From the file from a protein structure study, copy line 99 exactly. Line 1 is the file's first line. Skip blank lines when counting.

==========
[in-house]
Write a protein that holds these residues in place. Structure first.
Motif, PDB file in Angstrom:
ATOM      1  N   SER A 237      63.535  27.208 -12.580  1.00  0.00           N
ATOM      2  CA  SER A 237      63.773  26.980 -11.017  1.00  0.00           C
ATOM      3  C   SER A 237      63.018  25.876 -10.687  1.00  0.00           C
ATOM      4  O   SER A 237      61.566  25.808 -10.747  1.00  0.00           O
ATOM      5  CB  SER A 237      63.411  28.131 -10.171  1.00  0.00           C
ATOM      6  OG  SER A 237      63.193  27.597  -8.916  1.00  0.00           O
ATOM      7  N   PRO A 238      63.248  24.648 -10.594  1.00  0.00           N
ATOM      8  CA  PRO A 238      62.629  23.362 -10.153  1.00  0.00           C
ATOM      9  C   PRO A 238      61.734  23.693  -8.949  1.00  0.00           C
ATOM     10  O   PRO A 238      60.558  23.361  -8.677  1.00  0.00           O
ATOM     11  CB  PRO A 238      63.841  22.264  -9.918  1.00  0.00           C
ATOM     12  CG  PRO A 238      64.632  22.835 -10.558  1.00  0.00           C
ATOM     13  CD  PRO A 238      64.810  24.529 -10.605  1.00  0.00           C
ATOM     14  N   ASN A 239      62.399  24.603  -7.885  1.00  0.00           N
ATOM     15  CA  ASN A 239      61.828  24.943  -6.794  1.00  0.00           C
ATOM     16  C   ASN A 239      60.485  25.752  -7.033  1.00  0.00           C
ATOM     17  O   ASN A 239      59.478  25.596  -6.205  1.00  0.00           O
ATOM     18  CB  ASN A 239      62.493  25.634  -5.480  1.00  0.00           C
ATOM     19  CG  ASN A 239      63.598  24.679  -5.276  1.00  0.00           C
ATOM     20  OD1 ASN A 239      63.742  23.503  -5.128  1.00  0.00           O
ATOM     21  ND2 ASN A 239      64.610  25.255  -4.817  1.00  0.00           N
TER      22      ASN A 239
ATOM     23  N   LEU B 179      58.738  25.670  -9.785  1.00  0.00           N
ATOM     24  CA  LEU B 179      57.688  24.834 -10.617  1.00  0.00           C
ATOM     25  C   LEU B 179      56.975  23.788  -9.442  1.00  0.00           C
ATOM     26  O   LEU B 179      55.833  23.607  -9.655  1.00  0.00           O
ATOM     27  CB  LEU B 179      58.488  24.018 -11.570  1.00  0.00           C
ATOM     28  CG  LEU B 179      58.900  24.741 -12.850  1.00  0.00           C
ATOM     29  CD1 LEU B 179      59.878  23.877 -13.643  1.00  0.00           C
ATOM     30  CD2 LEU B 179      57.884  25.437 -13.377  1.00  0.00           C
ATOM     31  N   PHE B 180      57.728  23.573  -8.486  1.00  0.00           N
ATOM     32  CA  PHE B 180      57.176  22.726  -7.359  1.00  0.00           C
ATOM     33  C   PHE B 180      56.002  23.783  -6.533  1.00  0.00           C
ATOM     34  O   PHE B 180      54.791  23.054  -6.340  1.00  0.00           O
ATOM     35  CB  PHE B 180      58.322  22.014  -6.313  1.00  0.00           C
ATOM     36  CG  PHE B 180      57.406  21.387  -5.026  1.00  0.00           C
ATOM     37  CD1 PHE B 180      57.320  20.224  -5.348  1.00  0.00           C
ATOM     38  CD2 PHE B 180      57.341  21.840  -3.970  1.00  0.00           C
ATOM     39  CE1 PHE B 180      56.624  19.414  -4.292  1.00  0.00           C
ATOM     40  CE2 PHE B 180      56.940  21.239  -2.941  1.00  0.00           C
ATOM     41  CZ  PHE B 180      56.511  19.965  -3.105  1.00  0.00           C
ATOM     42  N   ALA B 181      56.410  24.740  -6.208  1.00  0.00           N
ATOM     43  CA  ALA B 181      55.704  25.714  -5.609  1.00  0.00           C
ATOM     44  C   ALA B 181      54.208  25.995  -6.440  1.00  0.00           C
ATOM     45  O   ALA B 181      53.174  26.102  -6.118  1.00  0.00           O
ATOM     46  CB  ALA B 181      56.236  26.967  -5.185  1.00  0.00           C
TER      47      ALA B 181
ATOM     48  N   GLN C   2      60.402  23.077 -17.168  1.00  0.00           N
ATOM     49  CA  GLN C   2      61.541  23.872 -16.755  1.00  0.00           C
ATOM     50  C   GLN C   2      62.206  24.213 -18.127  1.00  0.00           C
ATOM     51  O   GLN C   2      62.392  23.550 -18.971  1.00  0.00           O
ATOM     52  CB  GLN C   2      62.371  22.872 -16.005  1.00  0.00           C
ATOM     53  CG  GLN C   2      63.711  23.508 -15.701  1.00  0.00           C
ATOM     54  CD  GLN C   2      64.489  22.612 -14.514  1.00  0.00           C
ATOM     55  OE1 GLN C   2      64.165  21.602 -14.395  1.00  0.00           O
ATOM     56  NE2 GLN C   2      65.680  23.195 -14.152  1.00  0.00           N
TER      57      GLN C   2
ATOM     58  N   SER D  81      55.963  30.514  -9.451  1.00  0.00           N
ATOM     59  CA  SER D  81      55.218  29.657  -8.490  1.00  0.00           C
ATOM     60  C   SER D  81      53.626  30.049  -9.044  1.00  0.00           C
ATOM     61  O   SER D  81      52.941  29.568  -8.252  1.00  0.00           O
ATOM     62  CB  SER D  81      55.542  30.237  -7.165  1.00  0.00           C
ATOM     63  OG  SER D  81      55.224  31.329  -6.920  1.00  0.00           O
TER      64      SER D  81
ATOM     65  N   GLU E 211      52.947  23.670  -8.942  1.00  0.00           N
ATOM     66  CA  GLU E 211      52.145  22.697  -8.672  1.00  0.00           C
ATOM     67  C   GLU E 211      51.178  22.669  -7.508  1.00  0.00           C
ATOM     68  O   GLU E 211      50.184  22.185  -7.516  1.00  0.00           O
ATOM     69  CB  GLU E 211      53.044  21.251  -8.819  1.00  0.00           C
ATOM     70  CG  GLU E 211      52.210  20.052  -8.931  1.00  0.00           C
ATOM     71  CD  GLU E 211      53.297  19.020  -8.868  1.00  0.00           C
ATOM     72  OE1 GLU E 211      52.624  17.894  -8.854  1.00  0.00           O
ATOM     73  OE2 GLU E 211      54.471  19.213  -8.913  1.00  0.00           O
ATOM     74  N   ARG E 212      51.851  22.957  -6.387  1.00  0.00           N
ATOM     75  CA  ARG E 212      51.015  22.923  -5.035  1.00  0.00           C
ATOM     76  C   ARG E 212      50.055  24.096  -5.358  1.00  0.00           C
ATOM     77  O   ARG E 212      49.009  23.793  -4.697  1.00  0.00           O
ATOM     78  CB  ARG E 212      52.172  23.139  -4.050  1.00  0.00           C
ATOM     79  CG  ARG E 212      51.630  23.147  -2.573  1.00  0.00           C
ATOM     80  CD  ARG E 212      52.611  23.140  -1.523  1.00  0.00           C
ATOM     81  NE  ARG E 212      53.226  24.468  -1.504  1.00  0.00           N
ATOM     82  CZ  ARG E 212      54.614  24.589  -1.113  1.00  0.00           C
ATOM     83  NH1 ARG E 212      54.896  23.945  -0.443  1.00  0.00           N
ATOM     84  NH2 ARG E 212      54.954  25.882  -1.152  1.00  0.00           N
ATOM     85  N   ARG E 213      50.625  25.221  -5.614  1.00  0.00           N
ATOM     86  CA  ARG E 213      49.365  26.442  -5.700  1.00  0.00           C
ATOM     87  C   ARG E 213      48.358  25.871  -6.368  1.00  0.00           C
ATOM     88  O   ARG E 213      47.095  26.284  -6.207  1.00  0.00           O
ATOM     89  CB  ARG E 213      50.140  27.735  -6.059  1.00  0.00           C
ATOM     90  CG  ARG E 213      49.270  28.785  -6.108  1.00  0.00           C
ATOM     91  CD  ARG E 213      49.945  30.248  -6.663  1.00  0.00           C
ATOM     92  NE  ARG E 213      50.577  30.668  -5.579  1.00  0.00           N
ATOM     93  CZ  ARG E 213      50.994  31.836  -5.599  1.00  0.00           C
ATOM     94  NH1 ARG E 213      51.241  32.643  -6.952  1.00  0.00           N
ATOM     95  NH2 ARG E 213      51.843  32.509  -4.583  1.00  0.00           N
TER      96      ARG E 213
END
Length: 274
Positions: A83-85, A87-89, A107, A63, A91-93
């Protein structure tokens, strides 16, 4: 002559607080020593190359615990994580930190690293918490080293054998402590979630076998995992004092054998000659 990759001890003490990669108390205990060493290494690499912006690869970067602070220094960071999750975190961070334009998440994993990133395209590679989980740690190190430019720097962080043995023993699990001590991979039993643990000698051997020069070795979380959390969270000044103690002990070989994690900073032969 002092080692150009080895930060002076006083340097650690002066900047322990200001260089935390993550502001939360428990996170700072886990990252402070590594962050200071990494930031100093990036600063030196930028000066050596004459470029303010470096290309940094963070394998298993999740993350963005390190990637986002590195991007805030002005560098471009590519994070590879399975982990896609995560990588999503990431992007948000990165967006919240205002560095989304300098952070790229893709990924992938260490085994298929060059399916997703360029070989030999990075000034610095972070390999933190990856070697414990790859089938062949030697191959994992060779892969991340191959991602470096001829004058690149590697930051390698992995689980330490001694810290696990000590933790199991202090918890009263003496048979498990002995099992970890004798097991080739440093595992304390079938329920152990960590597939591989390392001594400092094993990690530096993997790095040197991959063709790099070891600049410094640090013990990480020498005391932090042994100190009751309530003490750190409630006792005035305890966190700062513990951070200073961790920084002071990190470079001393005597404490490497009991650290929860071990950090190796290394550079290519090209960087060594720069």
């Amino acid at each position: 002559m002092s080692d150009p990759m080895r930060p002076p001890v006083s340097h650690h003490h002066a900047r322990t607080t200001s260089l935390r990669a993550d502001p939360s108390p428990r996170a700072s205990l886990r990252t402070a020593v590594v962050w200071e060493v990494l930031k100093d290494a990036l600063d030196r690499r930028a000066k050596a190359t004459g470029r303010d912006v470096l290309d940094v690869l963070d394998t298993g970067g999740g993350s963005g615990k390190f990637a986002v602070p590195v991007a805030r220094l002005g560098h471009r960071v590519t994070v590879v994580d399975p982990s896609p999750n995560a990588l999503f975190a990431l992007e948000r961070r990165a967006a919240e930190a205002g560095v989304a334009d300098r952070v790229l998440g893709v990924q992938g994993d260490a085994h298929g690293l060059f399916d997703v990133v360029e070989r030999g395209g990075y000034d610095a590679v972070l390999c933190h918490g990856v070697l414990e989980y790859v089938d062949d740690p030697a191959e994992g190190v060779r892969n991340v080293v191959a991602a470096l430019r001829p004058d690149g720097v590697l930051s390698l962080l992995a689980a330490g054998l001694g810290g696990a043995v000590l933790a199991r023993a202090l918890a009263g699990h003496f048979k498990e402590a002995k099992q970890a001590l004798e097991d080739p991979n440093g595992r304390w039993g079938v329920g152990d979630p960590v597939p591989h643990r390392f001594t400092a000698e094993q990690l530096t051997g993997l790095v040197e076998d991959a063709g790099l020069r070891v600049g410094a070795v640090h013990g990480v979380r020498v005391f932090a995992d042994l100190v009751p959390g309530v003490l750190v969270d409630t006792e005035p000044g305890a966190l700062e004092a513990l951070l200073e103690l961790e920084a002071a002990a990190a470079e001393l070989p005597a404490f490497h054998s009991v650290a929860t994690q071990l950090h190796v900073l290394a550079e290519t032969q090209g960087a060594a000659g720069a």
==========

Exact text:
TER      96      ARG E 213